You are absolutely fab, Miss Morehouse! And little Kent was right to use you, (although USE sounds so harsh), as his guest flogger for American Idol.
A note about the exquisitely handsome Calvin Lockhart. Remember him in the late sixties, as the star of the film "Halls of Anger?" A taut and tense film about racial divide that often mirrored on-screen the tension that lurked behind the scenes. I remember the film because it was my first job as an extra. With my white lipstick and my pouty face, I was the girl in the green and blue polka-dotted dress they ran the credits over in the opening as Calvin Lockhart drove his mustang into the school parking lot.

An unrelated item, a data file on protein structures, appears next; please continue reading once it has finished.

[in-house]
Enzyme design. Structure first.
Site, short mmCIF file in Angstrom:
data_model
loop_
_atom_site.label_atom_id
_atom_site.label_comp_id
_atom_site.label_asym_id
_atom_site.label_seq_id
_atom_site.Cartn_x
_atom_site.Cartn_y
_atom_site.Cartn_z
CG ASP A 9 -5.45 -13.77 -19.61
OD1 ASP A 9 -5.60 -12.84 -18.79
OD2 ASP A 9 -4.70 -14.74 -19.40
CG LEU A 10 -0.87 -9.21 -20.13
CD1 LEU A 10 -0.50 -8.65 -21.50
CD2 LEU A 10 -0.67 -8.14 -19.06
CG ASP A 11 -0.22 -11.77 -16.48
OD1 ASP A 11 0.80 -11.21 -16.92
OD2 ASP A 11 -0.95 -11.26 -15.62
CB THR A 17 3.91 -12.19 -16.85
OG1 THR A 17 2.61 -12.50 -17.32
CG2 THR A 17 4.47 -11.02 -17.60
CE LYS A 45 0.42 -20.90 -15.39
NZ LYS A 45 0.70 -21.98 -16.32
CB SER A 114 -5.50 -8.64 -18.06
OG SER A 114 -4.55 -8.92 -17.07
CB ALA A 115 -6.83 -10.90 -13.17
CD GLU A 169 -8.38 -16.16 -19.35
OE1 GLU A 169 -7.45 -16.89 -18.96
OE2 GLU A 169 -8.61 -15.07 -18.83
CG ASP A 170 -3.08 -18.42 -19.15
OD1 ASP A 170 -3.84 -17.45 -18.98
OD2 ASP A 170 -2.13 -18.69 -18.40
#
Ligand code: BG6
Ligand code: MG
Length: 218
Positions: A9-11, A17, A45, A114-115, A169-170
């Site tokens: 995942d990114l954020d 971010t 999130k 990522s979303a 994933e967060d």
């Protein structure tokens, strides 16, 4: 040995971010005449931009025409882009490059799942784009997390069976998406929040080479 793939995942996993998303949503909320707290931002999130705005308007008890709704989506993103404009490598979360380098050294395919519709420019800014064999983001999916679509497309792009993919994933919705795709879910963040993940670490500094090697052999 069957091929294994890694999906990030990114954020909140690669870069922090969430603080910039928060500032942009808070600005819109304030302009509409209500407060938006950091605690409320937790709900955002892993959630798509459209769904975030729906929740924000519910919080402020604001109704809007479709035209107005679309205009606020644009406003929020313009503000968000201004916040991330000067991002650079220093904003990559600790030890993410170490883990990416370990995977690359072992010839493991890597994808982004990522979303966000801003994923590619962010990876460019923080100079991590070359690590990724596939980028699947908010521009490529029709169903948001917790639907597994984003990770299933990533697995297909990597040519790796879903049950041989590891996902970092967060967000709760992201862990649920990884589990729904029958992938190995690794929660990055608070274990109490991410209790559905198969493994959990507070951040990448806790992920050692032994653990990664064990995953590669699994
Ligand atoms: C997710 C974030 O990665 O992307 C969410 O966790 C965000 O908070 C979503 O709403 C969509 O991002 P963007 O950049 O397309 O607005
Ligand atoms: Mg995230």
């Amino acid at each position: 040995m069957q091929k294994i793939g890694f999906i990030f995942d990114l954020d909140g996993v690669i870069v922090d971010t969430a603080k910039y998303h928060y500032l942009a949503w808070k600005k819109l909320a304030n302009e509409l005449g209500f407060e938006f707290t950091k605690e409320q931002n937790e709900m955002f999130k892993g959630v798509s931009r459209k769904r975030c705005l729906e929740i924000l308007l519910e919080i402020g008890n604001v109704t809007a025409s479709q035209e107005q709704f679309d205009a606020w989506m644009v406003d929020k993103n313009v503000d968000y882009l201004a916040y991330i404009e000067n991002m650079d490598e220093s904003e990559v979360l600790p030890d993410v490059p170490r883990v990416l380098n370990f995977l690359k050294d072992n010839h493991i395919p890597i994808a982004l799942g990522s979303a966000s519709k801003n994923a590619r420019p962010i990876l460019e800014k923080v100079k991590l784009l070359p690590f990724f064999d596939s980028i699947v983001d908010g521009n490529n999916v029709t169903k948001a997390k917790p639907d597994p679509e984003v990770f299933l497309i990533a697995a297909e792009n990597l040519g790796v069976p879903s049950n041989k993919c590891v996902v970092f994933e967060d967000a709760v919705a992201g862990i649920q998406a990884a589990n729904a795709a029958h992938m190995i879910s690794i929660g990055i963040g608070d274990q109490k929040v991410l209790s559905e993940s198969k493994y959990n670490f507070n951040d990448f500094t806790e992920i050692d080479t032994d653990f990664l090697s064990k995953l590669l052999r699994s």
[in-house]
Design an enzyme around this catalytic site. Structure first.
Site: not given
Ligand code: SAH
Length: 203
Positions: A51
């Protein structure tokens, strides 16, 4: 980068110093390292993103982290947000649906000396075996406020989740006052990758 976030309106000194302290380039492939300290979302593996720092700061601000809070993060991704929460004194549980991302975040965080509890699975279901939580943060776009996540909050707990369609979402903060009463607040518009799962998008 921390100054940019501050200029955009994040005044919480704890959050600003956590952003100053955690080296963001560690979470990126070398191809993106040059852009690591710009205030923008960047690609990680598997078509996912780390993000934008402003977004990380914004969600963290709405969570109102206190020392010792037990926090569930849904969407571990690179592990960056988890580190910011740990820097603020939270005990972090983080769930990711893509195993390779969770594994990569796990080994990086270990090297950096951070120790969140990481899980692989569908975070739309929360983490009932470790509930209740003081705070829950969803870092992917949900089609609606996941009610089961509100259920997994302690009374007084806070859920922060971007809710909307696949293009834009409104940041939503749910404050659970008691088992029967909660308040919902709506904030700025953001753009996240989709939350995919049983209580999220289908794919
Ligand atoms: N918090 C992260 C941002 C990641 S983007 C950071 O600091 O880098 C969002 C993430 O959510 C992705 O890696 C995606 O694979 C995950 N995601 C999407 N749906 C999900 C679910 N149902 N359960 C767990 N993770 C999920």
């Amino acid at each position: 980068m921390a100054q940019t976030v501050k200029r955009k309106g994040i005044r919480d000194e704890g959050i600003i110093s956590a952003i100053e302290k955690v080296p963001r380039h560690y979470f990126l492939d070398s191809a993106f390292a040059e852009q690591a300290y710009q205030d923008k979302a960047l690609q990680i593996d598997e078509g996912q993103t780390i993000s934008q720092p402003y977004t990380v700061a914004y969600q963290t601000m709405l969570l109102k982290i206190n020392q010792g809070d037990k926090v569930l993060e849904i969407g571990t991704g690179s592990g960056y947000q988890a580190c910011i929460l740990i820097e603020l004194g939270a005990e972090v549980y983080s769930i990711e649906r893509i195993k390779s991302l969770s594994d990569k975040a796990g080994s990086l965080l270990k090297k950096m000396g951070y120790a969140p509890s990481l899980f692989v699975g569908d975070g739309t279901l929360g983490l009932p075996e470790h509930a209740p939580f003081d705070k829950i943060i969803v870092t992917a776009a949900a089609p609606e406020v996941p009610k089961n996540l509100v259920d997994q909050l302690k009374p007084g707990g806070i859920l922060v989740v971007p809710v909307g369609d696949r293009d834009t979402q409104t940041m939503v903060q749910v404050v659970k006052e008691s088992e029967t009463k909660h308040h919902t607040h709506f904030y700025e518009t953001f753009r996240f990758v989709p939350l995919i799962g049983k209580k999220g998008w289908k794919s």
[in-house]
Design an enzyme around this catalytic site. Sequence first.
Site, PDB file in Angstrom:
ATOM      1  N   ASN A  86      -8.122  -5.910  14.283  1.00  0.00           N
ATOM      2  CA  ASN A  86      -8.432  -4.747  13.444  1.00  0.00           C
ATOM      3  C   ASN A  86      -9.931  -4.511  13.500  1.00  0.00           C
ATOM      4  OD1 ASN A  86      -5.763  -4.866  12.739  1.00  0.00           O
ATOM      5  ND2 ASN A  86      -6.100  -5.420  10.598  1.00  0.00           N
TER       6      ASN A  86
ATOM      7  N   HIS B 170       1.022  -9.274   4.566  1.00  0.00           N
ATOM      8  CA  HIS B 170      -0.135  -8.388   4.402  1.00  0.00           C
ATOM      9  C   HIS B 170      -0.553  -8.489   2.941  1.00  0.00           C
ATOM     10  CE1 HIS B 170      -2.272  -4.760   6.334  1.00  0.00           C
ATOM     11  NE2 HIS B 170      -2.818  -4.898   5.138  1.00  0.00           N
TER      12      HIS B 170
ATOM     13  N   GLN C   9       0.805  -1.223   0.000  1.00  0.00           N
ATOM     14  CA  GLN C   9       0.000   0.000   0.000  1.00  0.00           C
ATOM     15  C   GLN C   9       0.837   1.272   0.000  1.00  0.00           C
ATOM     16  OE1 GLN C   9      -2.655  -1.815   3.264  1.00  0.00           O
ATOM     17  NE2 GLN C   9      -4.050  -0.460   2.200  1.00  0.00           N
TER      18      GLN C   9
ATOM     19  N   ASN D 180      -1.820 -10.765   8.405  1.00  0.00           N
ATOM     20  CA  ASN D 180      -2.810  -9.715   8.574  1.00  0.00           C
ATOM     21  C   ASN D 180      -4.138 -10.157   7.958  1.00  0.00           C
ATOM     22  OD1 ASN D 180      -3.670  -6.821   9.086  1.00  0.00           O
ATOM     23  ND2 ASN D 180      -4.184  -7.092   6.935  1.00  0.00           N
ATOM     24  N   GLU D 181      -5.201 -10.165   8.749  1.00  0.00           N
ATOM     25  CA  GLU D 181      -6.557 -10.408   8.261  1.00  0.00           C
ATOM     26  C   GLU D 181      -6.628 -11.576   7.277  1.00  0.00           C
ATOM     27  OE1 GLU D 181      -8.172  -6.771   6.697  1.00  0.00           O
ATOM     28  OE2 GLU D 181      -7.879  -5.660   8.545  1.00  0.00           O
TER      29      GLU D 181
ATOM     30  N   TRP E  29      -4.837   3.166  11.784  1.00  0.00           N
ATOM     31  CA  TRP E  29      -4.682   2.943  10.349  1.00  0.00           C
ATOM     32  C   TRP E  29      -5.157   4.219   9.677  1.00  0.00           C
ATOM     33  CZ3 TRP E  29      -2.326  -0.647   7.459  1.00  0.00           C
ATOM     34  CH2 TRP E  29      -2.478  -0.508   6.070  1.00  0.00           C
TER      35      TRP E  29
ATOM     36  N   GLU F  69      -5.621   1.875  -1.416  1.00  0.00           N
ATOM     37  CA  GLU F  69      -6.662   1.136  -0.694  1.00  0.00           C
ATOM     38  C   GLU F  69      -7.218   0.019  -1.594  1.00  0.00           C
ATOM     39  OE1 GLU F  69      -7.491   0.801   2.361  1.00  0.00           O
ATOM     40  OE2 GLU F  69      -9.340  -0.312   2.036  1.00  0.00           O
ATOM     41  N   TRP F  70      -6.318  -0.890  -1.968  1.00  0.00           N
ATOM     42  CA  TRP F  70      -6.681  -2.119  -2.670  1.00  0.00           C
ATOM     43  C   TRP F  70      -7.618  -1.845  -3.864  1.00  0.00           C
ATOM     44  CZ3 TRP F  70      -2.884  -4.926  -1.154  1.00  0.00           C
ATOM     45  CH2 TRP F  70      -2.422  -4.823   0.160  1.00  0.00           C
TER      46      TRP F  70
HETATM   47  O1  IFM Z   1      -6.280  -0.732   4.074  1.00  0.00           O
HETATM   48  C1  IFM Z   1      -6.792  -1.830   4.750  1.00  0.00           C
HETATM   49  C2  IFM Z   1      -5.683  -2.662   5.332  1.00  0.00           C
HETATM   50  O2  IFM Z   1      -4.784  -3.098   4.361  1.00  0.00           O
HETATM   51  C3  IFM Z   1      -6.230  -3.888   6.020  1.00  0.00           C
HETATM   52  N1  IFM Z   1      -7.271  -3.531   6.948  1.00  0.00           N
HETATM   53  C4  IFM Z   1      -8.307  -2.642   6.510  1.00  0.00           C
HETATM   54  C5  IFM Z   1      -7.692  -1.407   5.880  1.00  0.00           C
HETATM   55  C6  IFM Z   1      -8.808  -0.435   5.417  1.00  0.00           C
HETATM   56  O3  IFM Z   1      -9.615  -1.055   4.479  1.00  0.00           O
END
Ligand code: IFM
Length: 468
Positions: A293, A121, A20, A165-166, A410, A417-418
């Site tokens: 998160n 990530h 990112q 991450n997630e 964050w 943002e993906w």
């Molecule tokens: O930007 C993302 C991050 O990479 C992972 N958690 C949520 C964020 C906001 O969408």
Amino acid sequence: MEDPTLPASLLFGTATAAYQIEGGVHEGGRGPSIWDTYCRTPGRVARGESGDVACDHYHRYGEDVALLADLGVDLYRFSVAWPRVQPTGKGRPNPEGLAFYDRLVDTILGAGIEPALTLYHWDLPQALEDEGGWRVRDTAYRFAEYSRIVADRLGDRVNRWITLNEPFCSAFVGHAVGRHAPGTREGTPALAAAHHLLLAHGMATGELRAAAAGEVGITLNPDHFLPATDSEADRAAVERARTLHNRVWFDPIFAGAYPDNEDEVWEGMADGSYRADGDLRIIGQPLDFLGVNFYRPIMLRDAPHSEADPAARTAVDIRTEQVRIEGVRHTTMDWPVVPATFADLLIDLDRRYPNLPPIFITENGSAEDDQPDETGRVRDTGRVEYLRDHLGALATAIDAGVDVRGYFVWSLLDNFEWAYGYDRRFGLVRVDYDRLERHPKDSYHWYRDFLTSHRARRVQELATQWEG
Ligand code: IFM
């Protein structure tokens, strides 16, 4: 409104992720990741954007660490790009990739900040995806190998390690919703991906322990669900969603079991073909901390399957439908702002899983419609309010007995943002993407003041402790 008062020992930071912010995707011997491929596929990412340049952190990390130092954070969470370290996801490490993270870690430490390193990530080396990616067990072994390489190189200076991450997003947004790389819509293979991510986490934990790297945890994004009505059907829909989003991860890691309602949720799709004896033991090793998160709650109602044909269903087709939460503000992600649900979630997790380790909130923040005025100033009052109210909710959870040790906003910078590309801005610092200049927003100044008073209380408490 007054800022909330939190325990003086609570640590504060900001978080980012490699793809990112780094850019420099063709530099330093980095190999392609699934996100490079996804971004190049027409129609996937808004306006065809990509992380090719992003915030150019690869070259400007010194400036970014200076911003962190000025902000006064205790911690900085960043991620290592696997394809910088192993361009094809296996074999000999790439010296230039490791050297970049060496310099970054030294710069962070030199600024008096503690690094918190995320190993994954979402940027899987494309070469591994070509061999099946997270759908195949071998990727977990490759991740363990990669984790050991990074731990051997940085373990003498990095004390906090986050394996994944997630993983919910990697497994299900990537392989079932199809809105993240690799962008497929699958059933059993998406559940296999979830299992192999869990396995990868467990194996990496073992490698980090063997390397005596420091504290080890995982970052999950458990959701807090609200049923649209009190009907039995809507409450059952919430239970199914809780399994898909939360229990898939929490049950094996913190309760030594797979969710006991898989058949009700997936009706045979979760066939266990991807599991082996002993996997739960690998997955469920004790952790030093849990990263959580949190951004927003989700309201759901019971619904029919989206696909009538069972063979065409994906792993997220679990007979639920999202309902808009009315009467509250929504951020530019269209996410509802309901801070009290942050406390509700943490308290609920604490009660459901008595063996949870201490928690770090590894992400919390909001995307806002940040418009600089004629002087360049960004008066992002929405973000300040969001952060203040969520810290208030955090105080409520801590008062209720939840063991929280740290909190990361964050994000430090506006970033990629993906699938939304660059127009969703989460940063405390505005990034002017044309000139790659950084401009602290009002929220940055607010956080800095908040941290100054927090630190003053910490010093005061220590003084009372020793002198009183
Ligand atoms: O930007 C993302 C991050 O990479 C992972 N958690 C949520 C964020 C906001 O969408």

...sigh... He WAS handsome. Thanks for remembering him. An extra olive in your martini, darling.
XX
Pam

Tallulah Morehead said...

Pam darling,

Welcome. Good grief, you're deep into the archives already.

Thank you for your lovely bit of "Extra" note about adorable Calvin Lockhart. I've never seen "Halls of Anger", althuogh the title sounds like a description of the area outside my girlhood bedroom when my mother would catch me sneaking in at 4 AM, back when I was in high school, 90 or so years ago.

Calvin was an underrated actor, but I know Little Dougie was disappointed to learn Cal wasn't actually the screaming queen he played in "Myra Breckenridge".

Do drop back again anytime. But remember, a polite guest always brings the hostess a bottle of vodka.

Cheers Pammy.